Music Review: VA w/ Piktor, Miroloja, Triptil [Bread & Butter 003]

Just a few months after his previous edition, London-based Bread and Butter Recordings strikes back with the third vinyl-only installment on the label. This time, the A-side is Romania's Piktor competence, whilst rising talents Miroloja and Triptil fill the flip with mesmerizing melodies and tight, energetic grooves. The label confirms to be in top form lately, providing yet again quality tracks after the latest VA compilation with Rowlanz, Direkt, Sublee, and Vern.

 

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Hailing from Romania but now Based in Vienna, Piktor continues his rise after recent releases on Subtil and Lokomotiv, making his debut on B&B Recordings with “Everythingship”. The entire track insists on a short, skipping synth that brings groove and energy even before the drums. Added to this is a colorful and evolving rhythmic pad that brings forward the whole groove that smells of a crispy, old-school flavor; a loose attitude that allows both clap and hat to lean on the beat. Some grainy effects populate the very sides of the mix, creating depth and atmosphere and alongside them, Piktor places fragments of voices and airy piano riffs which further contribute to the frisky mood of the piece.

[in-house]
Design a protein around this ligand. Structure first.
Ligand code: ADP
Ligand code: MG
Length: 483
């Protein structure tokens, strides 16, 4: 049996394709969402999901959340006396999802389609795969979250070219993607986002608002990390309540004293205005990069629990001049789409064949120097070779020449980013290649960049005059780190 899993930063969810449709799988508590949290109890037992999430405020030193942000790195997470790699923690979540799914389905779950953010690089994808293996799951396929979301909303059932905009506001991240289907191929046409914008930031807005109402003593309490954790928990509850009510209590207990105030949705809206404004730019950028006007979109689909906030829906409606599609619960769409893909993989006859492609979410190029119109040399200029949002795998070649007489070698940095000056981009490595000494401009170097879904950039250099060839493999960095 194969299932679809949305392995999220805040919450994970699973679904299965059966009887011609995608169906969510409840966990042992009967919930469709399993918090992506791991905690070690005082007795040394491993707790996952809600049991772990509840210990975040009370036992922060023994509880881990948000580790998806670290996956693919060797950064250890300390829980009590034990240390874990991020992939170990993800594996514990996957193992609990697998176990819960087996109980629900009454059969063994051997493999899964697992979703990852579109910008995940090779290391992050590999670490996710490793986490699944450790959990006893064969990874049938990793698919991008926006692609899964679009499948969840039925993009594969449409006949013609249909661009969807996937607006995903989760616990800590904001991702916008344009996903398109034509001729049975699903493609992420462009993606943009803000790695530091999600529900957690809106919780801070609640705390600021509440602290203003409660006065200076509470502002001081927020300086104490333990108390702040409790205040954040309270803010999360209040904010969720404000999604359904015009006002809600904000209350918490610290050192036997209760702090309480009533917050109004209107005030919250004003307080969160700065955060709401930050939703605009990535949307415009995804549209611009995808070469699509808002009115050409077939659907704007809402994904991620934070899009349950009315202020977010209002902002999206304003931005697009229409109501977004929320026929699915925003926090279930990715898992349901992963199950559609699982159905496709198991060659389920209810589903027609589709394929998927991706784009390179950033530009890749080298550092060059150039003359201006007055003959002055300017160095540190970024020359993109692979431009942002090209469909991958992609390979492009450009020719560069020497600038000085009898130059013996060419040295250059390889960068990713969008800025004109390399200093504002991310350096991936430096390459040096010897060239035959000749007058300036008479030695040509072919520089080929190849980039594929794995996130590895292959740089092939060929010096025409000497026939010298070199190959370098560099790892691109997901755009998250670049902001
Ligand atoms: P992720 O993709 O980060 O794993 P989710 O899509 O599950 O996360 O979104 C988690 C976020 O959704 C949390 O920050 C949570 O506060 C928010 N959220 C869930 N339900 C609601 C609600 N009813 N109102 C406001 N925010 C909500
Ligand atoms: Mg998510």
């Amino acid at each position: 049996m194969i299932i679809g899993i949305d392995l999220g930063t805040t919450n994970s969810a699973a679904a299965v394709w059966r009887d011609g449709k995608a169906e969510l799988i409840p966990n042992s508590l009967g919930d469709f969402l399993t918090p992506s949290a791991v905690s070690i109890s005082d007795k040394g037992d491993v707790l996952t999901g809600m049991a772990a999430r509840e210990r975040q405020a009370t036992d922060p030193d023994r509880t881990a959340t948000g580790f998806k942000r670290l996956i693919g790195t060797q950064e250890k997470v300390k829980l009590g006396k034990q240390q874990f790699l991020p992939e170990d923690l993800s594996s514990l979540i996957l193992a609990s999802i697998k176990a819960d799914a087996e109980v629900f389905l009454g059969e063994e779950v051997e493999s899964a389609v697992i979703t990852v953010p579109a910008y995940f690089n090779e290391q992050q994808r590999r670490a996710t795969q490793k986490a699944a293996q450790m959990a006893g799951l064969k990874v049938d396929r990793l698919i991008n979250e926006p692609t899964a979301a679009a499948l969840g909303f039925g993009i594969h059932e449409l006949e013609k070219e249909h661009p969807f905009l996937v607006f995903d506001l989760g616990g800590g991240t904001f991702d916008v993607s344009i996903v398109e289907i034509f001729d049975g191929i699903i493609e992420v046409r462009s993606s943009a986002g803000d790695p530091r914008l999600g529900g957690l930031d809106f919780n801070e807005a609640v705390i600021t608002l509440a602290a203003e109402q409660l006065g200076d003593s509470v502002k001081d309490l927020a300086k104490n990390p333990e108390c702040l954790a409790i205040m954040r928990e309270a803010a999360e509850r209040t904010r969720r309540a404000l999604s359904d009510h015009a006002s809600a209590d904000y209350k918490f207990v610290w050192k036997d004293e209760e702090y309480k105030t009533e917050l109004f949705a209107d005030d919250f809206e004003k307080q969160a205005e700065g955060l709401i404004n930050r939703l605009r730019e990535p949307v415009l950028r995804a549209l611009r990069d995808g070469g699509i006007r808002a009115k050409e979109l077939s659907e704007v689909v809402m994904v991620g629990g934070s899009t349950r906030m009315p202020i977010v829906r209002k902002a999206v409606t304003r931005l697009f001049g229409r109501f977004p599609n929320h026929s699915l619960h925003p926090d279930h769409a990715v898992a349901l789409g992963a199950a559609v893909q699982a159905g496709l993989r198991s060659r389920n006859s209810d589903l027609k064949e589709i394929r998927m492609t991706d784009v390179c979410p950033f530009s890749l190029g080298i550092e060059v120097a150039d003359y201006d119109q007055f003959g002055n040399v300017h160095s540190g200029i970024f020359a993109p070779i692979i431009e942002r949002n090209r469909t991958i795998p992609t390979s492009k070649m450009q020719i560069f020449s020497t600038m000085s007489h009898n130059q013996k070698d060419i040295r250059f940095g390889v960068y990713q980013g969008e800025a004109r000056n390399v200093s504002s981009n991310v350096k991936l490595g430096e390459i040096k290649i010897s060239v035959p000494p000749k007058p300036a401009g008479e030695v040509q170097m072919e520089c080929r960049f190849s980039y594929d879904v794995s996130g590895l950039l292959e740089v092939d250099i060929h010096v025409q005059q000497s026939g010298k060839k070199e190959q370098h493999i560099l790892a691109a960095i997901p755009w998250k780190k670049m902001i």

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On the flip, the French brothers of Miroloja roll next with the entitled "Karezze". The Parisian waste no time and start off the track nice and deep with an engaging groove and electric bleeps and dark SCI+FI atmospheric layers. The track moves smoothly until the break when it opens up to a more harmonic scenario in which pads become prominent, and a sentimental turn is revealed. Dreamy arps start echoing the pad’s motion, working on higher notes and introducing an entirely new sonic palette, whilst the drums his sharp and the bass rolls clean and definite. 

 

 

 

Closing down the VA is Bucharest's Triptil with the bouncy "Mrwho!", within which playful synths freely evolve above rigid drum patterns that bounce tight on the swingy bassline. The tight groove perfectly stands out in the mix, without, however covering shimmery guitar-like strums and a warm female vocal shot that appears - far away - counting backward, laughing, bringing on interesting variations to the cyclic pace of the track.

 

 

 

Words by Francesco Quieti & Francesco Zambianchi